But I also knew that I’ve eaten lots of spicy foods these past few weeks, and he’s never reacted negatively. So I was thoroughly puzzled. I also realized that I was getting emotional over the whole thing. Here was the one thing he needed and the one thing that only I could give him. And, for some reason, he didn’t want it!
Jesse came over to help me and we tried again. This time, Gregory reached up with nails and violently scratched me, all the way from my cheek down to my chest, while simultaneously yanking backwards on you-know-what.
“OUCH!” I shouted angrily, pretty close to his face and pulled him off.
And then his face dissolved into the most pitiful crying. Trust me, this kid has quite the pouty lip. He’s going to be hard to say no to someday.
It killed me. I had just yelled at my baby. I can still picture exactly what his sad little face looked like as Jesse took him out of my hands.
We’re still not sure what caused the incident. I pumped all the milk he would’ve eaten and we transferred it to a bottle. He drank the whole thing, greedily gulping because he was so hungry. So it wasn’t the Jumbalaya Rice. And he’s been eating normally ever since.
But the whole thing really upset me. As Jesse was feeding him his bottle, I came over and held little Gregory’s hand and started crying. I couldn’t believe I yelled at him like that for something that at his age is 100% reflex. How was I going to react someday when he actually did something mean or disobedient? I was also upset that I couldn’t give him what he needed.
I had a sudden (probably silly) thought. Would Gregory still love me if I couldn’t feed him? At least Jesse knows that Gregory calms down at the sound of his voice because he’s loved, not because he’s the Human Vending Machine.
But Jesse said exactly what I needed to hear. “Honey, you’re his whole world. For 9 months, you literally were. Every experience, every noise, he’s had through you. Of course he loves you.”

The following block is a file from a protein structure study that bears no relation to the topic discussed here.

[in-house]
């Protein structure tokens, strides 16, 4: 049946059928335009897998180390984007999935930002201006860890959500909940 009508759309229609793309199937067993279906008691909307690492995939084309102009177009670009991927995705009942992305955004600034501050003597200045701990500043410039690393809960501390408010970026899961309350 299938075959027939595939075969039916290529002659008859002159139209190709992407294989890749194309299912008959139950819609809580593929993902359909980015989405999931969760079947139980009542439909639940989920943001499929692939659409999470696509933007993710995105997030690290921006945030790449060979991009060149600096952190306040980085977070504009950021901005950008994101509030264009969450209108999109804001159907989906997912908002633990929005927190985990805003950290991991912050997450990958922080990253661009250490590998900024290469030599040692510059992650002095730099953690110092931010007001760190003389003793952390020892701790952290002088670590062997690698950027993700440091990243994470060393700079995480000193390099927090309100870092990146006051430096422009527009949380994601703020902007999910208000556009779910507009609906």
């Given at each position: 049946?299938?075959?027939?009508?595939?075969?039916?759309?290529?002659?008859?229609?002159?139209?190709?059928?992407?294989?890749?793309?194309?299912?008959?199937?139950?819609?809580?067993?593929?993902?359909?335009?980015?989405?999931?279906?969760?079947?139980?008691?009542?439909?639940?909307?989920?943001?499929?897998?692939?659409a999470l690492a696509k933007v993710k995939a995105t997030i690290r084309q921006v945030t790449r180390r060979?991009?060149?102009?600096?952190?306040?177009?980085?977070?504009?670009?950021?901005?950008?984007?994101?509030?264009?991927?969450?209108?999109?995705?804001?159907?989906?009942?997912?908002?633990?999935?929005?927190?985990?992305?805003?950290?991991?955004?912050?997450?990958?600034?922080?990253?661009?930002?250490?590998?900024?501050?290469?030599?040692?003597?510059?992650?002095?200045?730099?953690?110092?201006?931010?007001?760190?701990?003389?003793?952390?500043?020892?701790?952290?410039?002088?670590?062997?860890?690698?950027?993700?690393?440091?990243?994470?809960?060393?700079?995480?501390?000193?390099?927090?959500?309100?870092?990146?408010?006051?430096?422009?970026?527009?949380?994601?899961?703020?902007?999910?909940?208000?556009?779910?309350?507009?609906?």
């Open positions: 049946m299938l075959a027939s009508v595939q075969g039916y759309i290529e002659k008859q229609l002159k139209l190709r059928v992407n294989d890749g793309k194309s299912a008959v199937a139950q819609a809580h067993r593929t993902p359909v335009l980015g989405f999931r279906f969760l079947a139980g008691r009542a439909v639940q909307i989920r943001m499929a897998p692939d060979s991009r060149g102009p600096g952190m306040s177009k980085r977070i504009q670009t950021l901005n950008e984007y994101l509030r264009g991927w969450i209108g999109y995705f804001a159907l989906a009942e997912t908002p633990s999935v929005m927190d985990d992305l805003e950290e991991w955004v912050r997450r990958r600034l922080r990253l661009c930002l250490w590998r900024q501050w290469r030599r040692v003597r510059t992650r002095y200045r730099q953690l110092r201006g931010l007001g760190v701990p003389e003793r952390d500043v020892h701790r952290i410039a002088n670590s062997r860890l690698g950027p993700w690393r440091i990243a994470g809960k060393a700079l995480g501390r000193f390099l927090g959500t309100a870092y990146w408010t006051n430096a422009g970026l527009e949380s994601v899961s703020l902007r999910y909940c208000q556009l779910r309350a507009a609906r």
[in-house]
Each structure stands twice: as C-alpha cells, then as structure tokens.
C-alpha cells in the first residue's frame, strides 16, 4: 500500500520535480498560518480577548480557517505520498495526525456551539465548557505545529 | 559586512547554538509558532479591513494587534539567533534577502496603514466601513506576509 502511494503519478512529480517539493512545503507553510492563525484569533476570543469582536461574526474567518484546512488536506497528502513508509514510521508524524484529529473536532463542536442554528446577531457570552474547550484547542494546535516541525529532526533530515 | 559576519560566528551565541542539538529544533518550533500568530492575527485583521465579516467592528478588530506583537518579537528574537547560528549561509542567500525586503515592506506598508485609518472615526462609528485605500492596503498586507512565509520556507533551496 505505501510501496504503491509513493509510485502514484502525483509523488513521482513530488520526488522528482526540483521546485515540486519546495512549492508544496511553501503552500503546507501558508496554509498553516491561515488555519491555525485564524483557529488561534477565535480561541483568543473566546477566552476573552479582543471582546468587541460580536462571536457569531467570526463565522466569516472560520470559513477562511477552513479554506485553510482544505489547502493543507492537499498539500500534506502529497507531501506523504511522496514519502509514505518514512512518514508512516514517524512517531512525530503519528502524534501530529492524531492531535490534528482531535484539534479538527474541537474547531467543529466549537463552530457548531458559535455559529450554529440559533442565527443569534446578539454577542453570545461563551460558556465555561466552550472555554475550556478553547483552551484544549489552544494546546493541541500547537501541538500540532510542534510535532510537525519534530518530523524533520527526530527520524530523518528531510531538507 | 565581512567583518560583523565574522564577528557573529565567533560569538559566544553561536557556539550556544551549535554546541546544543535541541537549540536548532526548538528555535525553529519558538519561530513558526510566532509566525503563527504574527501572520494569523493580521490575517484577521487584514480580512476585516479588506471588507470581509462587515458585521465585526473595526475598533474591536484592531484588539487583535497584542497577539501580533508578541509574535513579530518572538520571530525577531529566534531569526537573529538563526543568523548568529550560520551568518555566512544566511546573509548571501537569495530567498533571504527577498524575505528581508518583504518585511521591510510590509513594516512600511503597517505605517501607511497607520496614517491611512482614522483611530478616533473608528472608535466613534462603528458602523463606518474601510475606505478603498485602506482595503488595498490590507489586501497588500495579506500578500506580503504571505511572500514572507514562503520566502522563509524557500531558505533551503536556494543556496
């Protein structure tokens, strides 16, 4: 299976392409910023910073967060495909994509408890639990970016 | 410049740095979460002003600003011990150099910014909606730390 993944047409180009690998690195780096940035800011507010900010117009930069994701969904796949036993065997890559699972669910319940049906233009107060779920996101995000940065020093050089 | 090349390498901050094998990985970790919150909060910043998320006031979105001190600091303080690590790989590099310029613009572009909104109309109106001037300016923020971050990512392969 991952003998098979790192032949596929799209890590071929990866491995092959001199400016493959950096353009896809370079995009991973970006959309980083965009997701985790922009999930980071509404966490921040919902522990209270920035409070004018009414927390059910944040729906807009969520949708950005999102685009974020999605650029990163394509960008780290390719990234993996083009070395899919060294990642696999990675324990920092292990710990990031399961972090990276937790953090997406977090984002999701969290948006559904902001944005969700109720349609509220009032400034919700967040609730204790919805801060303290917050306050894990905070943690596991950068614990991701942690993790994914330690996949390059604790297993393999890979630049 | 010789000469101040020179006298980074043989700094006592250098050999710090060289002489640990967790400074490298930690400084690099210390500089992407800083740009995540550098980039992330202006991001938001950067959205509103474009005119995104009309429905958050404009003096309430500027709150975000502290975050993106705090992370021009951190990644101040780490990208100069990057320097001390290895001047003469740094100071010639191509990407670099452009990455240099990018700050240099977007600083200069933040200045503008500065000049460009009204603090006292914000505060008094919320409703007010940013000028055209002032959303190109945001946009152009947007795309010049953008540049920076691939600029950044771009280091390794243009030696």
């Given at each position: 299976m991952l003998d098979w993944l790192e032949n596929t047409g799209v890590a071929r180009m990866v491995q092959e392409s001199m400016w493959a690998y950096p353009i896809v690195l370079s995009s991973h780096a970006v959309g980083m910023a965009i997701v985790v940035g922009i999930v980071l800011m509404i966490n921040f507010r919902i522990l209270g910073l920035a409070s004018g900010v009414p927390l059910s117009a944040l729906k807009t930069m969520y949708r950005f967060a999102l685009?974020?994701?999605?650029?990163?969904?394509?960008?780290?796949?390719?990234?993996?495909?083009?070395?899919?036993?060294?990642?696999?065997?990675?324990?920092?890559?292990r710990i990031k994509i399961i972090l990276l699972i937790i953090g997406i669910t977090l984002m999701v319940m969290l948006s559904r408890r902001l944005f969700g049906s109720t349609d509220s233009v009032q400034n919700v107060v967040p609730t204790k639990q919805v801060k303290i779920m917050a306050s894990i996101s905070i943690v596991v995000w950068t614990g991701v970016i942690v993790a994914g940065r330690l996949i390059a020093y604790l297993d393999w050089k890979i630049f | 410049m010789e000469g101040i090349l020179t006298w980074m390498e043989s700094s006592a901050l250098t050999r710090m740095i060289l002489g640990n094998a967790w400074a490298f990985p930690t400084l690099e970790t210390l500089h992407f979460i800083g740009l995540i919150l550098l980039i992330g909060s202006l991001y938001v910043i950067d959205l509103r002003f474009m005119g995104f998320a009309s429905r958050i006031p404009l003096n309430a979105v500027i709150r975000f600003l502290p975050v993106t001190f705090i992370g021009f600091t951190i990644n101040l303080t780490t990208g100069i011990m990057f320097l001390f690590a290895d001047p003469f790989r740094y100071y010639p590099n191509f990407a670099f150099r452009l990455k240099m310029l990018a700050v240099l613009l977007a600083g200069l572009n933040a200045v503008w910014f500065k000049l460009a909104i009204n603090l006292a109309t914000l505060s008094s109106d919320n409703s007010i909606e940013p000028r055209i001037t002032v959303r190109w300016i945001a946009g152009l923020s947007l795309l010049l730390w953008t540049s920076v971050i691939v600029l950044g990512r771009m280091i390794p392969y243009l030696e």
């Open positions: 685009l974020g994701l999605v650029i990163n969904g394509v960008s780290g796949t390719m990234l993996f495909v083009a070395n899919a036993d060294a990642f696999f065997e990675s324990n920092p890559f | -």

This reminded me of last Saturday. Julie came over to babysit while I went to my Trivium class. I had to leave at 8:45, so naturally, I was nursing Gregory until the very last minute. As I was burping him and getting ready to hand him over to Julie, he suddenly cuddled very close on my chest and fell asleep. I realized that this was exactly the time of morning that he and I usually had our “cuddle time”. He had come to rely on it.
Needless to say, I almost didn’t go to class. I didn’t want to. My little boy wanted to cuddle, and nothing else mattered in that moment.
As anyone knows from reading this blog, I never wanted to be one of those moms who was chained to her kids, “helicopter parenting”, so to speak.
Then again, I was never counting on the immense amount of love and longing that would accompany motherhood. It’s not something I could’ve anticipated or explained to myself back in January. It’s like trying to explain the amount of love and trust in a marriage to someone who’s never dated. There just aren’t words in the English language to describe something like that without relying on the shared experience.
I guess I must be content spending the rest of my life exploring this new paradox– love this strong makes you weak.